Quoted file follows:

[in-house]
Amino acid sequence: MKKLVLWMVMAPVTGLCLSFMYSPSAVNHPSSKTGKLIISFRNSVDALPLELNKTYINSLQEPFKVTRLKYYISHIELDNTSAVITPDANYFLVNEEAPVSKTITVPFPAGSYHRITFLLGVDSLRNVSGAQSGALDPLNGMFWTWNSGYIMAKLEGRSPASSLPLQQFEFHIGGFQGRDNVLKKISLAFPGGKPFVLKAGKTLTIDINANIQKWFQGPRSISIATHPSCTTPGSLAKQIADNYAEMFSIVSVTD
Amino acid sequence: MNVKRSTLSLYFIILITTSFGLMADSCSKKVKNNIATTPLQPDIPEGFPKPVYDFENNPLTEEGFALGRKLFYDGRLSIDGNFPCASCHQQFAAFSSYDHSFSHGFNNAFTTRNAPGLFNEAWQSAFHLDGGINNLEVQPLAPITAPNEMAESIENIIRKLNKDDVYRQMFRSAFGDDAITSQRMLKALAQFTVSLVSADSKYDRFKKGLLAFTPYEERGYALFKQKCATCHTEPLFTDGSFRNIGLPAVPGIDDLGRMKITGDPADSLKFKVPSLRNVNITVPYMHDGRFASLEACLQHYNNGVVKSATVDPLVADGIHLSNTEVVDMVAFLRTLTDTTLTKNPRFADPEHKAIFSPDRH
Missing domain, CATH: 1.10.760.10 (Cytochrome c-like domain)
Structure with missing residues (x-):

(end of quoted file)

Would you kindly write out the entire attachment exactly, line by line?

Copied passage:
[in-house]
Amino acid sequence: MKKLVLWMVMAPVTGLCLSFMYSPSAVNHPSSKTGKLIISFRNSVDALPLELNKTYINSLQEPFKVTRLKYYISHIELDNTSAVITPDANYFLVNEEAPVSKTITVPFPAGSYHRITFLLGVDSLRNVSGAQSGALDPLNGMFWTWNSGYIMAKLEGRSPASSLPLQQFEFHIGGFQGRDNVLKKISLAFPGGKPFVLKAGKTLTIDINANIQKWFQGPRSISIATHPSCTTPGSLAKQIADNYAEMFSIVSVTD
Amino acid sequence: MNVKRSTLSLYFIILITTSFGLMADSCSKKVKNNIATTPLQPDIPEGFPKPVYDFENNPLTEEGFALGRKLFYDGRLSIDGNFPCASCHQQFAAFSSYDHSFSHGFNNAFTTRNAPGLFNEAWQSAFHLDGGINNLEVQPLAPITAPNEMAESIENIIRKLNKDDVYRQMFRSAFGDDAITSQRMLKALAQFTVSLVSADSKYDRFKKGLLAFTPYEERGYALFKQKCATCHTEPLFTDGSFRNIGLPAVPGIDDLGRMKITGDPADSLKFKVPSLRNVNITVPYMHDGRFASLEACLQHYNNGVVKSATVDPLVADGIHLSNTEVVDMVAFLRTLTDTTLTKNPRFADPEHKAIFSPDRH
Missing domain, CATH: 1.10.760.10 (Cytochrome c-like domain)
Structure with missing residues (x-):